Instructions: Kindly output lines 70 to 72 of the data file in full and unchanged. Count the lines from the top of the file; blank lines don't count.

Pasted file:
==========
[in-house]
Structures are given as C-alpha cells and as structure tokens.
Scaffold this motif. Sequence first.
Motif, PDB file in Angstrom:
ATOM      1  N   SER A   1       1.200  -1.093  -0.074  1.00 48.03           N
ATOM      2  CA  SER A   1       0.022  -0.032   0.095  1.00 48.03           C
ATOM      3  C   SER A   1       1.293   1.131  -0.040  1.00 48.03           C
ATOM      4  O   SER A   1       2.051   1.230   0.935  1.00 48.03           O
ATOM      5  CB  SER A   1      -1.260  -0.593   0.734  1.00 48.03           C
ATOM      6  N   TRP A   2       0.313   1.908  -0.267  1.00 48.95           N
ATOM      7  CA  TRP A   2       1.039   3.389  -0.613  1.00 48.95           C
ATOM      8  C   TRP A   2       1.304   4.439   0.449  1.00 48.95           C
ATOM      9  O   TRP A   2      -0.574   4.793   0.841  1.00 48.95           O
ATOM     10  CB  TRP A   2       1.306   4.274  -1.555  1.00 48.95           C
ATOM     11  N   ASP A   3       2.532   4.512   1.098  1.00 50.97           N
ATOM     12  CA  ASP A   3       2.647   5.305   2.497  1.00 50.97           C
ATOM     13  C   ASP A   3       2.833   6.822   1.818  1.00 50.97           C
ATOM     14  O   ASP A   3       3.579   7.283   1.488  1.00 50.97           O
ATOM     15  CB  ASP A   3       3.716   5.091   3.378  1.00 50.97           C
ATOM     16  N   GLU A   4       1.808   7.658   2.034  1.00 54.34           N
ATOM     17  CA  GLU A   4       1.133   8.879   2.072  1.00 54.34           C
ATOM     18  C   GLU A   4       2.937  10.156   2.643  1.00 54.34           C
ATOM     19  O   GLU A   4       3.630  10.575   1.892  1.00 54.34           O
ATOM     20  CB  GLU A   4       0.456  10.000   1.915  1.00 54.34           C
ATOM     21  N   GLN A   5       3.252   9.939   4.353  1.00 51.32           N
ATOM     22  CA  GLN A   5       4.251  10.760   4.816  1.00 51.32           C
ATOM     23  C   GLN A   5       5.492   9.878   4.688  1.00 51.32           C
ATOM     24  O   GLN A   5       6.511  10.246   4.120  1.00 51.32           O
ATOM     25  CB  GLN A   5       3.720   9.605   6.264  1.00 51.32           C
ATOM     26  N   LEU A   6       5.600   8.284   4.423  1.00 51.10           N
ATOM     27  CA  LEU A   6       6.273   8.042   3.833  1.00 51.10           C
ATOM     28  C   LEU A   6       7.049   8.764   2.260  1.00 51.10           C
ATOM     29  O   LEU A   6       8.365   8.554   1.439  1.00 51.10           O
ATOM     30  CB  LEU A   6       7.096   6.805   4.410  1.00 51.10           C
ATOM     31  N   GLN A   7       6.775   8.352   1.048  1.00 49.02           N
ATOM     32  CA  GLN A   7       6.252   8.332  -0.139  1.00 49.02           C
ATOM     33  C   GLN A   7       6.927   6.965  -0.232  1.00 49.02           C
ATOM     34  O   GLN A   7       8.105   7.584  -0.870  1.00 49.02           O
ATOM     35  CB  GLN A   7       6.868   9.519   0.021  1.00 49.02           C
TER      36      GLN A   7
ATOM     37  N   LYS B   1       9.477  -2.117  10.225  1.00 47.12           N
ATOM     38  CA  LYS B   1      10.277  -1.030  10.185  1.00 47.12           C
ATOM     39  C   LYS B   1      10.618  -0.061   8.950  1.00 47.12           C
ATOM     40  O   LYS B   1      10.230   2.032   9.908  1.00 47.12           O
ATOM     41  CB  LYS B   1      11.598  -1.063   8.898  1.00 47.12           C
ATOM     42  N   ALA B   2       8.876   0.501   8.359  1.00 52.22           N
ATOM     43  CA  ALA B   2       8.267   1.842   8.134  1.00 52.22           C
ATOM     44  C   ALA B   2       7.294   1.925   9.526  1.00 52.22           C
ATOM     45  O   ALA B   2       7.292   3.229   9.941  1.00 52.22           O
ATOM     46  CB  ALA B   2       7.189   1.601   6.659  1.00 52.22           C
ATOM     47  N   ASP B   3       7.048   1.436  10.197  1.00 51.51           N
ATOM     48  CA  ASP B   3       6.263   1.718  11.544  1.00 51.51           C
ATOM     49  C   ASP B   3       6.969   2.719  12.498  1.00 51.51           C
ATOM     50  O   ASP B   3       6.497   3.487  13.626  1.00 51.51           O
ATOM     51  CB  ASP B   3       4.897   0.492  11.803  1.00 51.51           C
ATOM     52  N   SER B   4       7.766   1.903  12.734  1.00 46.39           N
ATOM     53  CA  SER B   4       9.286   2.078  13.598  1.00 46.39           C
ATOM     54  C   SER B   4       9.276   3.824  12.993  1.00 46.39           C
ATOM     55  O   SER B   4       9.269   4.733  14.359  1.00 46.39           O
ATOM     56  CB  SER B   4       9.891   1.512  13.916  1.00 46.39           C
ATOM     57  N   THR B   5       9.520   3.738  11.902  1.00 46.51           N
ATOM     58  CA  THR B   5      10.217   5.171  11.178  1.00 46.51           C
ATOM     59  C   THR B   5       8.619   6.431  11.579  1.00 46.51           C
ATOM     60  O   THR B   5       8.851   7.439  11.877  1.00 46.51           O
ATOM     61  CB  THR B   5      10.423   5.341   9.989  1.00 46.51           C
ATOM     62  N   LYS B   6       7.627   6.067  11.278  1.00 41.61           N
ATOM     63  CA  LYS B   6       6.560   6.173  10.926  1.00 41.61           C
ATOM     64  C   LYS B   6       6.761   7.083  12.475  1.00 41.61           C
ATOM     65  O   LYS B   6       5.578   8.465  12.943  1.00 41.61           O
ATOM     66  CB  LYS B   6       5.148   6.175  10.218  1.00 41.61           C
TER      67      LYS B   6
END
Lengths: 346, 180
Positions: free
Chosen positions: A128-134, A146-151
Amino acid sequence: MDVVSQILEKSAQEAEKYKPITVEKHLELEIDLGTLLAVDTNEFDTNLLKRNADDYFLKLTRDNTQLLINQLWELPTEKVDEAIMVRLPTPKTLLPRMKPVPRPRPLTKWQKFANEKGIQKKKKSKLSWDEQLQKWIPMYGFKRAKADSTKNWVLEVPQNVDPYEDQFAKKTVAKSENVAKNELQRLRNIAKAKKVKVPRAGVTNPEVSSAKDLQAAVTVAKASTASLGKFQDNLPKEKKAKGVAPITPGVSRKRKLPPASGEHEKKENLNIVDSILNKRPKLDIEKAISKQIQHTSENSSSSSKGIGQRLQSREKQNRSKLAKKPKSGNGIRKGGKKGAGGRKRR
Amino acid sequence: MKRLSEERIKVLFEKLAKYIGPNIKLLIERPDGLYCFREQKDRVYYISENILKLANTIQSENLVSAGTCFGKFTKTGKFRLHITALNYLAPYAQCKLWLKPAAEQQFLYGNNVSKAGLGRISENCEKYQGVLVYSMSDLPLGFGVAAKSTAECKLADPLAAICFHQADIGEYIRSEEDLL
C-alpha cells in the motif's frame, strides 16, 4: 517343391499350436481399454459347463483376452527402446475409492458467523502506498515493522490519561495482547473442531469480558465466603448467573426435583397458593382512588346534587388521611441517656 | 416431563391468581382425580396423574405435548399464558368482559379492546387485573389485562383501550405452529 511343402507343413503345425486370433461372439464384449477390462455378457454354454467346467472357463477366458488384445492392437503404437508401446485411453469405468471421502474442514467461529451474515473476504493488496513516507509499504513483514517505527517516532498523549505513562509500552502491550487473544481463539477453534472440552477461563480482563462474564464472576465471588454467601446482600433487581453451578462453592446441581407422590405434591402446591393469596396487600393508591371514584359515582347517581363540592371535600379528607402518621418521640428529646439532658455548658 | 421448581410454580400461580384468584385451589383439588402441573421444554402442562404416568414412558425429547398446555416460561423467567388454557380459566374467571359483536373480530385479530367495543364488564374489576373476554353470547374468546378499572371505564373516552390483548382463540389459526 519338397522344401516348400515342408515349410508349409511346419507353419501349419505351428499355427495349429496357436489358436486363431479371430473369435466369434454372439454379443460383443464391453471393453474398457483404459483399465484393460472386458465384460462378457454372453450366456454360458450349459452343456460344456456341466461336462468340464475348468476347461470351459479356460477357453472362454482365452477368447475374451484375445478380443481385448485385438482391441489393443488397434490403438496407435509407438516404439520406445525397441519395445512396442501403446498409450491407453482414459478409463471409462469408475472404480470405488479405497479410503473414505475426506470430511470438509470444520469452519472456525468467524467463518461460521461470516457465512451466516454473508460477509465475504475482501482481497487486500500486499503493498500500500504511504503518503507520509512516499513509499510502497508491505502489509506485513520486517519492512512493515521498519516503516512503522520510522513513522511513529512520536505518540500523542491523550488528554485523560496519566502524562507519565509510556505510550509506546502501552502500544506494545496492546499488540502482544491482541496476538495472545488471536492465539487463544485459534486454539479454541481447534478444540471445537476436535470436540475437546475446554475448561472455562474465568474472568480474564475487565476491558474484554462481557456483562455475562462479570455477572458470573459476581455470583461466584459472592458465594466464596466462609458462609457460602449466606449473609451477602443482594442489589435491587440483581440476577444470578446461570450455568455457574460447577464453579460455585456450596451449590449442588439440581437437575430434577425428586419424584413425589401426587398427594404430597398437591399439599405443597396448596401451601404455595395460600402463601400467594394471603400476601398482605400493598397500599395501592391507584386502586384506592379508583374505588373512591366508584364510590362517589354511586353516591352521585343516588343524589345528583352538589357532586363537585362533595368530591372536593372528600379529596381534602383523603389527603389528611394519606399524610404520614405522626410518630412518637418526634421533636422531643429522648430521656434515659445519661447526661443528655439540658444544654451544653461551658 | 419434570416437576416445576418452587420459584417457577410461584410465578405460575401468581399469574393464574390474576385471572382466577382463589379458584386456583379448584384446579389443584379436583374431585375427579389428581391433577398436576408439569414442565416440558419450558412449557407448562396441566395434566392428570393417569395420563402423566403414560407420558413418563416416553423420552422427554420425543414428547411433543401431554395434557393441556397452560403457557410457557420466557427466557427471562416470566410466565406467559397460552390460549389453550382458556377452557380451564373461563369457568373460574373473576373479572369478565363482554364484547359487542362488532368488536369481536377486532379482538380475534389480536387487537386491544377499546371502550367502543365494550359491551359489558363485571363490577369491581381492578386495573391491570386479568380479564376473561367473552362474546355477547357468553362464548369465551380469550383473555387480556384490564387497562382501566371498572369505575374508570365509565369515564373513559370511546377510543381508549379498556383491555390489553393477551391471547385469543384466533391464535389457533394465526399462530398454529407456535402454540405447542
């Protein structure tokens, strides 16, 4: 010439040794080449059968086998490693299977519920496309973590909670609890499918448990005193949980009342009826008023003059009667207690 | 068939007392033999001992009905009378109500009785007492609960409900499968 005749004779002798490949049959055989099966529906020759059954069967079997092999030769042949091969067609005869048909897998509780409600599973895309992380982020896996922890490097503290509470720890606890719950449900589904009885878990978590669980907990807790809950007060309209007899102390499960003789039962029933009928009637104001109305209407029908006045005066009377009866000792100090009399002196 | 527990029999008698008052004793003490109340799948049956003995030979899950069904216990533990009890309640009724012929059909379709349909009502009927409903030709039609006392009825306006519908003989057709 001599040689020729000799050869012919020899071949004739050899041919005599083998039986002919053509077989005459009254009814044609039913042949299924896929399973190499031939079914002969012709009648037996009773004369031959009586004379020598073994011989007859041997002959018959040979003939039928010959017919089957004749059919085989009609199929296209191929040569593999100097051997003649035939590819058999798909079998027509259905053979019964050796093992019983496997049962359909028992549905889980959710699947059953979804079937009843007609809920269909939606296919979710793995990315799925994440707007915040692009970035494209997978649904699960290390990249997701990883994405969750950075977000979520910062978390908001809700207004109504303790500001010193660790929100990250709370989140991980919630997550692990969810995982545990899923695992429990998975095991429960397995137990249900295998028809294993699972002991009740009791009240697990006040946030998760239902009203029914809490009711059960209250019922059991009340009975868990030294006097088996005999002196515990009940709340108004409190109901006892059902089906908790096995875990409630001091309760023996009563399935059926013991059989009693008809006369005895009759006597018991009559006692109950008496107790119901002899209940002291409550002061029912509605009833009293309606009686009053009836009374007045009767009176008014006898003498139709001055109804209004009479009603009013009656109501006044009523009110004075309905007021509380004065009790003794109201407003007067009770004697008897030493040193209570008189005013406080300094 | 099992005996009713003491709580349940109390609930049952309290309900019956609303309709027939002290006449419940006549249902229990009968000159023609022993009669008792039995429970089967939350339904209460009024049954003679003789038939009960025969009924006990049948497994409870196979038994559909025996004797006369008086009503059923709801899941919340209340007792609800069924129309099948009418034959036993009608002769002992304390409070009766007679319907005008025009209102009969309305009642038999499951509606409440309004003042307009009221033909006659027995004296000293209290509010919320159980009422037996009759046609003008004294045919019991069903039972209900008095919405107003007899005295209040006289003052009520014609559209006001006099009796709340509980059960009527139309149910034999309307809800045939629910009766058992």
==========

ATOM     66  CB  LYS B   6       5.148   6.175  10.218  1.00 41.61           C
TER      67      LYS B   6
END